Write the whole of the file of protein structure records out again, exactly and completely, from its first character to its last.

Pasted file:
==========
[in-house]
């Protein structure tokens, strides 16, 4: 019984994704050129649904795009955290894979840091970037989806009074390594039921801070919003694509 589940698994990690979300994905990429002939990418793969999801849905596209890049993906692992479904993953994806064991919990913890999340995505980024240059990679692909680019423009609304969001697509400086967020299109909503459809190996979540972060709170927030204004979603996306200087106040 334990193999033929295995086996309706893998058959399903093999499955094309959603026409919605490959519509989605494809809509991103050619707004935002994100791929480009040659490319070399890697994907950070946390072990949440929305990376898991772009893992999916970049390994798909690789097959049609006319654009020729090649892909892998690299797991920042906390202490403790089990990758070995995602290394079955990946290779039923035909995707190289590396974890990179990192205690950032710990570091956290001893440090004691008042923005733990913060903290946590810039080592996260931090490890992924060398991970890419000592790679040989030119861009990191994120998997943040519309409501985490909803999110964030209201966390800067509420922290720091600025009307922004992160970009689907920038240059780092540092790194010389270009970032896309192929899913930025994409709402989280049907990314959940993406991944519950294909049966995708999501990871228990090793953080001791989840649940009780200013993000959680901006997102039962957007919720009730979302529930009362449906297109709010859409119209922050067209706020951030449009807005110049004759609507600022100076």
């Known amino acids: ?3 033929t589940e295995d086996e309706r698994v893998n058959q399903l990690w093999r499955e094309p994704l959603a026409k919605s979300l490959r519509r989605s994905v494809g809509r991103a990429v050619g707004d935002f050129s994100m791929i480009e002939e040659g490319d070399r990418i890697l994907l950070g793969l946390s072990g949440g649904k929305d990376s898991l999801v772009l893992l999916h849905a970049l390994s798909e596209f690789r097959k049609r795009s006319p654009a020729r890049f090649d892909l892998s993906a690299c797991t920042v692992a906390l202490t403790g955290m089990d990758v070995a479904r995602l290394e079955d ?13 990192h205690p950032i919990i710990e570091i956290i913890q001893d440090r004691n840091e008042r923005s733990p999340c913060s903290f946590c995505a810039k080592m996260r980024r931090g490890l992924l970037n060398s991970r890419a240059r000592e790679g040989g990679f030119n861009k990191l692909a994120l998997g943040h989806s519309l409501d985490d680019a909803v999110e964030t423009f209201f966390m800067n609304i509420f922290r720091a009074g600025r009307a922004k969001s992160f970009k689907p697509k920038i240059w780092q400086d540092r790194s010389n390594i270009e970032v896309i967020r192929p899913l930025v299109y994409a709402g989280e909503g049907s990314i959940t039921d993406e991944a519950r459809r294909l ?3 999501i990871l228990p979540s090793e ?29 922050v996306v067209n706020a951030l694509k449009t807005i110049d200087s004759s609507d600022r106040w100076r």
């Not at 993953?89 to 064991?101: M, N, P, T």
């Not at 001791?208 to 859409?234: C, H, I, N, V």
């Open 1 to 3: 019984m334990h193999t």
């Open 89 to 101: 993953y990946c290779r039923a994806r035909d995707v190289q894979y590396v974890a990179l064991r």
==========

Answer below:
[in-house]
């Protein structure tokens, strides 16, 4: 019984994704050129649904795009955290894979840091970037989806009074390594039921801070919003694509 589940698994990690979300994905990429002939990418793969999801849905596209890049993906692992479904993953994806064991919990913890999340995505980024240059990679692909680019423009609304969001697509400086967020299109909503459809190996979540972060709170927030204004979603996306200087106040 334990193999033929295995086996309706893998058959399903093999499955094309959603026409919605490959519509989605494809809509991103050619707004935002994100791929480009040659490319070399890697994907950070946390072990949440929305990376898991772009893992999916970049390994798909690789097959049609006319654009020729090649892909892998690299797991920042906390202490403790089990990758070995995602290394079955990946290779039923035909995707190289590396974890990179990192205690950032710990570091956290001893440090004691008042923005733990913060903290946590810039080592996260931090490890992924060398991970890419000592790679040989030119861009990191994120998997943040519309409501985490909803999110964030209201966390800067509420922290720091600025009307922004992160970009689907920038240059780092540092790194010389270009970032896309192929899913930025994409709402989280049907990314959940993406991944519950294909049966995708999501990871228990090793953080001791989840649940009780200013993000959680901006997102039962957007919720009730979302529930009362449906297109709010859409119209922050067209706020951030449009807005110049004759609507600022100076």
């Known amino acids: ?3 033929t589940e295995d086996e309706r698994v893998n058959q399903l990690w093999r499955e094309p994704l959603a026409k919605s979300l490959r519509r989605s994905v494809g809509r991103a990429v050619g707004d935002f050129s994100m791929i480009e002939e040659g490319d070399r990418i890697l994907l950070g793969l946390s072990g949440g649904k929305d990376s898991l999801v772009l893992l999916h849905a970049l390994s798909e596209f690789r097959k049609r795009s006319p654009a020729r890049f090649d892909l892998s993906a690299c797991t920042v692992a906390l202490t403790g955290m089990d990758v070995a479904r995602l290394e079955d ?13 990192h205690p950032i919990i710990e570091i956290i913890q001893d440090r004691n840091e008042r923005s733990p999340c913060s903290f946590c995505a810039k080592m996260r980024r931090g490890l992924l970037n060398s991970r890419a240059r000592e790679g040989g990679f030119n861009k990191l692909a994120l998997g943040h989806s519309l409501d985490d680019a909803v999110e964030t423009f209201f966390m800067n609304i509420f922290r720091a009074g600025r009307a922004k969001s992160f970009k689907p697509k920038i240059w780092q400086d540092r790194s010389n390594i270009e970032v896309i967020r192929p899913l930025v299109y994409a709402g989280e909503g049907s990314i959940t039921d993406e991944a519950r459809r294909l ?3 999501i990871l228990p979540s090793e ?29 922050v996306v067209n706020a951030l694509k449009t807005i110049d200087s004759s609507d600022r106040w100076r």
């Not at 993953?89 to 064991?101: M, N, P, T």
């Not at 001791?208 to 859409?234: C, H, I, N, V």
């Open 1 to 3: 019984m334990h193999t």
């Open 89 to 101: 993953y990946c290779r039923a994806r035909d995707v190289q894979y590396v974890a990179l064991r």